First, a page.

A View From College Hill
Collaboration and Experimentation
by President Joan HINDE Stewart
In May several of my Hamilton colleagues and I took a train to New York City for a symposium, Innovation + Disruption in Higher Education. Organized by Colgate University, the event attracted more than 300 people — higher education administrators and trustees, teachers, journalists, entrepreneurs, career center professionals and others.
I was part of a panel of six liberal arts college presidents. In envisaging the future of institutions such as ours in a digital age, we brought to bear our own experience at a time when pundits, for-profit providers and columnists have variously prescribed how higher education should respond to change.
There was no disagreement among the presidents that the distinctiveness of a residential liberal arts institution has fundamentally to do with bringing young people into proximity so that they can learn from great teachers and from each other in a 24-7 living and learning community; nor was there disagreement about the importance of the relationships that are formed in such an environment (an aspect of a liberal arts education emphasized by Hamilton Professor of Sociology Dan Chambliss and Christopher Takacs ’05 in their recent book, How College Works).
There was less unanimity about how worried we should be about the challenges ahead. My own feeling is that — given the high cost of the kind of education we offer and the complexity of today’s information environment — collaboration has become more essential than ever.
It is in the spirit of collaboration as well as experimentation that earlier this spring Hamilton and Colgate became contributing members of edX, the nonprofit online learning platform founded by Harvard and MIT. With charter edX members Davidson and Wellesley, Hamilton and Colgate bring to four the number of liberal arts college edX members. Other distinguished organizations whose memberships were announced at the same time as ours include Osaka University, Universidad Autónoma de Madrid, the International Monetary Fund and the Smithsonian Institution.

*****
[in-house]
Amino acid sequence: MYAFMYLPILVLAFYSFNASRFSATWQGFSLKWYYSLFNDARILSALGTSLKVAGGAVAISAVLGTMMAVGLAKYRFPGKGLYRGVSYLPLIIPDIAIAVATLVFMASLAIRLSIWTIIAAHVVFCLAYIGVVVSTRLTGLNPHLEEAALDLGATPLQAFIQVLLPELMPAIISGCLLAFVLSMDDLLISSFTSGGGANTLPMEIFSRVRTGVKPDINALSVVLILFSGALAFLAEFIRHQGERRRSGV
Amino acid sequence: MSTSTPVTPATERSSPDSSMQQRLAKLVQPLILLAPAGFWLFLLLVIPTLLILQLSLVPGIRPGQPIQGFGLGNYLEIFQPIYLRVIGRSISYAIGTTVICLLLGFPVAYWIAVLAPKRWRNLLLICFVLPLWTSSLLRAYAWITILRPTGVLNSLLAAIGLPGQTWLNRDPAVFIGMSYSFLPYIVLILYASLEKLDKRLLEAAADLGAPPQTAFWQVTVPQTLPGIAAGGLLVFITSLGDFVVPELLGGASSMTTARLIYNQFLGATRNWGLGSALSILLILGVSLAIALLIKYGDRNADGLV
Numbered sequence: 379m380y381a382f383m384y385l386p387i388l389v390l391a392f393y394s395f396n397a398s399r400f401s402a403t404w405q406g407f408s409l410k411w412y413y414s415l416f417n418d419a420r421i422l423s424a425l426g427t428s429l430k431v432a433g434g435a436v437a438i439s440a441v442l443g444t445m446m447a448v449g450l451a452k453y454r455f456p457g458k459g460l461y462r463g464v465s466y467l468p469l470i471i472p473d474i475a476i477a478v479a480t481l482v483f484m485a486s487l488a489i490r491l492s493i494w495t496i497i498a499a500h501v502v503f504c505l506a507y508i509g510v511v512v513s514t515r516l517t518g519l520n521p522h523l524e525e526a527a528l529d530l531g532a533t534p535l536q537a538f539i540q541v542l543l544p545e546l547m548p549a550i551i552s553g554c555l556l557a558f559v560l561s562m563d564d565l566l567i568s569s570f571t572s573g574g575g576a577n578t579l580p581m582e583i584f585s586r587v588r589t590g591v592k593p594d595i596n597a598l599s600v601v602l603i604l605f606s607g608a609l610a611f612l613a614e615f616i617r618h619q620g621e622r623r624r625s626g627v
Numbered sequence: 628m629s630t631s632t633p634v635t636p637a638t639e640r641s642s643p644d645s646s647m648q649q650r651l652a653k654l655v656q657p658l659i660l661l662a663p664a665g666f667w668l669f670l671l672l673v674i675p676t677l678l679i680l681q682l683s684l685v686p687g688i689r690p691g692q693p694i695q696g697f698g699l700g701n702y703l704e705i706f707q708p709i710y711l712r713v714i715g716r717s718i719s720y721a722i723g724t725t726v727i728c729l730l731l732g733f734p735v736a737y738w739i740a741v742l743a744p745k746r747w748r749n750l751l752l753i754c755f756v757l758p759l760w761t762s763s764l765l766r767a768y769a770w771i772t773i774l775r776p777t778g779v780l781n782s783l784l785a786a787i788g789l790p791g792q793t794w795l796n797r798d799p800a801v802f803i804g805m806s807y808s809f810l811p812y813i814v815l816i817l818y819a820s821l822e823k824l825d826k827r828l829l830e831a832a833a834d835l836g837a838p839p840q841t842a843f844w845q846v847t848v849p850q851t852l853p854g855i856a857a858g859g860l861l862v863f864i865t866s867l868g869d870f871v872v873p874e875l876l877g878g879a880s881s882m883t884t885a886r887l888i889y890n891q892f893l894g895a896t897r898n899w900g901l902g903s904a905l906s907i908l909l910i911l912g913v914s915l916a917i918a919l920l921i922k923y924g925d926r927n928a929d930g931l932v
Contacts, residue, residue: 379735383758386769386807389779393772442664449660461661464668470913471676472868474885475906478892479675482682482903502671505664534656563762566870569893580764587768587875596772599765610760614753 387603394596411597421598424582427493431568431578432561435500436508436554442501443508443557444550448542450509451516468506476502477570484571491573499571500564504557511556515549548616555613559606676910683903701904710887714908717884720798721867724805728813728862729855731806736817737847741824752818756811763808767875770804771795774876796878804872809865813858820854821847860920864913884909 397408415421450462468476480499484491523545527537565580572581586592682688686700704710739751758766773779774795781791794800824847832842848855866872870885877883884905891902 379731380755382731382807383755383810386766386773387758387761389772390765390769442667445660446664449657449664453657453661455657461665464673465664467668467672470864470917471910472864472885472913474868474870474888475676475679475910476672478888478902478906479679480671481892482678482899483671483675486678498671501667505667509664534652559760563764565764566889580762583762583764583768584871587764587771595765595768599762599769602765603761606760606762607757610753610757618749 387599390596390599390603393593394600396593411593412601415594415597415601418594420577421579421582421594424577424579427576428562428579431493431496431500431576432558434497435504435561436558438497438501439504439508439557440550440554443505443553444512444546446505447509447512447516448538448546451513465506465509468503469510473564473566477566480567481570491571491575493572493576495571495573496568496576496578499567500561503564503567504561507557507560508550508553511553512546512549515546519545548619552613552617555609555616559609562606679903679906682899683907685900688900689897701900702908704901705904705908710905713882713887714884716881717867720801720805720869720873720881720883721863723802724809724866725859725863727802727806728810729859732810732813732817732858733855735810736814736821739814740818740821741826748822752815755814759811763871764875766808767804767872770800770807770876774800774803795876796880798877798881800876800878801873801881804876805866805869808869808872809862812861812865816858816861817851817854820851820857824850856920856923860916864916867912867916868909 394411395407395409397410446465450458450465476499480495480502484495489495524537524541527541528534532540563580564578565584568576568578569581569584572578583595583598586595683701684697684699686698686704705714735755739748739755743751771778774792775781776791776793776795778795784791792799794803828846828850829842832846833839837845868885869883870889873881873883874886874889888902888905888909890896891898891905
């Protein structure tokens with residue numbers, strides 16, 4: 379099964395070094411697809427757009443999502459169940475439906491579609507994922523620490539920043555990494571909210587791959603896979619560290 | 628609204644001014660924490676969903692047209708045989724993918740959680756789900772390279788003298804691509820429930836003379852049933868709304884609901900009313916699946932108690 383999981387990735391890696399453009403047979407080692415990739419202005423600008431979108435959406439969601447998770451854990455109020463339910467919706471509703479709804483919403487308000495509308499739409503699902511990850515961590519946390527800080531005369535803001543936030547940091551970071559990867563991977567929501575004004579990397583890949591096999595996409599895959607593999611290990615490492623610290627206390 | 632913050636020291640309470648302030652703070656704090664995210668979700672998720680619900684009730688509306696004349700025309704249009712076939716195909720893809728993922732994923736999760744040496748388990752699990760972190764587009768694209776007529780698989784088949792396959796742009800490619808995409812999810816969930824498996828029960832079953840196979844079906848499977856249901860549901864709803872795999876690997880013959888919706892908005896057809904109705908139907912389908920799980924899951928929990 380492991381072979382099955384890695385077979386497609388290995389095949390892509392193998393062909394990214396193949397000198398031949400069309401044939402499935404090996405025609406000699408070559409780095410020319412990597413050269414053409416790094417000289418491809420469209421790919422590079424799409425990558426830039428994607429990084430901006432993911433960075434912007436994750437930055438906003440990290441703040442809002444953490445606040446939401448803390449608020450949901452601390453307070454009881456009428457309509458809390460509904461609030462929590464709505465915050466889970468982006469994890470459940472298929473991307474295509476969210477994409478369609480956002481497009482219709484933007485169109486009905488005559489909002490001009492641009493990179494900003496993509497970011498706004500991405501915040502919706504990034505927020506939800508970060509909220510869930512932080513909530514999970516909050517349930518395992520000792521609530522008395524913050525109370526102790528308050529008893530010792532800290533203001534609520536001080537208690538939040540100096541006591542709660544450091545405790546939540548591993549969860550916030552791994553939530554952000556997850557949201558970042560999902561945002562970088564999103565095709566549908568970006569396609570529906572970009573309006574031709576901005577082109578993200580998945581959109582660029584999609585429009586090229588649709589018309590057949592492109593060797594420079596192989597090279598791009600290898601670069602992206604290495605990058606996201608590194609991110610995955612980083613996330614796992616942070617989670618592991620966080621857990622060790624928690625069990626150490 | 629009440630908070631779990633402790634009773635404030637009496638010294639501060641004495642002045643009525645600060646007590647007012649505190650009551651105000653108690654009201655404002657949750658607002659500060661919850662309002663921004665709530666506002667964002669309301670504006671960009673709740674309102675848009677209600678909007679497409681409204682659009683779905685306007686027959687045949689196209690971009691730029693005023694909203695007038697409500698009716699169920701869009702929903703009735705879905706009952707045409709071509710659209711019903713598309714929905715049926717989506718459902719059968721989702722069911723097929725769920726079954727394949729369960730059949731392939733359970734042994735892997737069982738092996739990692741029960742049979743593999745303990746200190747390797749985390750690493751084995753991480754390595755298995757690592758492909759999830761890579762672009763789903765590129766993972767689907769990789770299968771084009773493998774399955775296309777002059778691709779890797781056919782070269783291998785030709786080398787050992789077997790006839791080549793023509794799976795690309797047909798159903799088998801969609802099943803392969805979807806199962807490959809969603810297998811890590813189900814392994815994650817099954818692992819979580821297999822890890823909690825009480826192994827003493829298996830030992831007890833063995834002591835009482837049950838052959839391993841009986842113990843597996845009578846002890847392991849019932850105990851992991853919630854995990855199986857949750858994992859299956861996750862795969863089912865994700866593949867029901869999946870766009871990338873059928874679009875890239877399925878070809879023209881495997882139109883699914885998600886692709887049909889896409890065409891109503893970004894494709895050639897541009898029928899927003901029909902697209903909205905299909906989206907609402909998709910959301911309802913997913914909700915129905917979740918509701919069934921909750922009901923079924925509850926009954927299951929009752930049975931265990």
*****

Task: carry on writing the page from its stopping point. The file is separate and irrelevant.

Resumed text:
Hamilton and Colgate joined the consortium in a unique (for edX) partnership: As neighbors and peers, we will share expenses, expertise and technical support related to the creation and production of course content. Most importantly, perhaps, we will reflect together on lessons learned and their applicability to the liberal arts mission.
The two online courses that Hamilton will mount in the first year of our arrangement with edX will be targeted to alumni, parents and the general public and will not be part of our undergraduate curriculum.
This pilot program, which is largely grant-funded, is ambitious but not an entirely new departure. Hamilton has used technology to enhance learning in ways too numerous to list. A couple of examples: With our Mellon Foundation-funded Digital Humanities initiative (DHi), Hamilton became a leader in shaping new research and teaching paradigms in which faculty members collaborate with students. In the last couple of years Professor of Music Lydia Hamessley and Professor Emeritus of English John O’Neill have connected with small groups of geographically dispersed alumni to discuss, respectively, music in film and the novels of Jane Austen. EdX provides an opportunity to see what we can do “at scale” — connecting with hundreds or even thousands of alumni and new friends.
It was as a result of the vision and collaborative efforts of my colleagues Pat Reynolds, vice president for academic affairs, and Dave Smallen, vice president for libraries and information technology, that Hamilton joined edX. Dave and Pat have commented thoughtfully on our objectives and noted that what we learn through this project may help shape our undergraduate pedagogy. You can find their comments on the Hamilton website and Huffington Post. This sort of experimentation positions us — to borrow a phrase used by the Innovation + Disruption organizers — to “seize the initiative in the digital age”: Through collaboration, experimentation and reflection, we in the liberal arts shape our future.
When, in the coming months, our first online offerings are announced to parents, alumni and friends, I hope that you will take the opportunity to study with some of the best and most beloved teachers in the nation as you reconnect with fellow lifelong learners and with your College.